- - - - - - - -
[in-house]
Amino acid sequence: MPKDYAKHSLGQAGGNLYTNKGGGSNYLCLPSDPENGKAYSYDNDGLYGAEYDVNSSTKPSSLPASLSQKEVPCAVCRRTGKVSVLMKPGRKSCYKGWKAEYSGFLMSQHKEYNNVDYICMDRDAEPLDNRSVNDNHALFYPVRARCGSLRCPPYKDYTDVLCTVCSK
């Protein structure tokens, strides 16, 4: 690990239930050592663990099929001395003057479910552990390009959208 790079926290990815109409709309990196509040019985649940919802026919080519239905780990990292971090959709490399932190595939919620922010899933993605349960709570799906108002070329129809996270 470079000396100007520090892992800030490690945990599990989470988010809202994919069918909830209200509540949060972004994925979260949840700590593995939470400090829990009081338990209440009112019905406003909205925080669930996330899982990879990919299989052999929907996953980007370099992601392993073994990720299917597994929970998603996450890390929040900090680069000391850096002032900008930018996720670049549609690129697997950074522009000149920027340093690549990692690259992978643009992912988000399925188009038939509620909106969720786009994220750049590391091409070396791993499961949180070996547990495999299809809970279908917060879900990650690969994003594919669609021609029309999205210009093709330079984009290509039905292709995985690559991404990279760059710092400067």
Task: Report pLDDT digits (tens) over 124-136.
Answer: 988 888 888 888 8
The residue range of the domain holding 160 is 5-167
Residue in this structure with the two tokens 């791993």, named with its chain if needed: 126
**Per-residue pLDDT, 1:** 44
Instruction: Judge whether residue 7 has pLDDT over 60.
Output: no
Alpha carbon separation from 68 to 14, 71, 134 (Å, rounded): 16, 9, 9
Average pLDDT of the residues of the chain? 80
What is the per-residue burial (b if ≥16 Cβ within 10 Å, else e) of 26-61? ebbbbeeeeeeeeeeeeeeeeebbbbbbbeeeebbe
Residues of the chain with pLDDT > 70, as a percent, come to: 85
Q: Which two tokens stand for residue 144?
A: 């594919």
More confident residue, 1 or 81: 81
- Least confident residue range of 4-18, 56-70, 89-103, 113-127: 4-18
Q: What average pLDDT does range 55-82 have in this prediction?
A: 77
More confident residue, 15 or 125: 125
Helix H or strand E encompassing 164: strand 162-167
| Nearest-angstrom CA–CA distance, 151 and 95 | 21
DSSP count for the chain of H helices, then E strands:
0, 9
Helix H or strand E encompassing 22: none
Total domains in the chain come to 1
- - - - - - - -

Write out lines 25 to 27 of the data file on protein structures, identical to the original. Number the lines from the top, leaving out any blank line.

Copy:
0, 9
Helix H or strand E encompassing 22: none
Total domains in the chain come to 1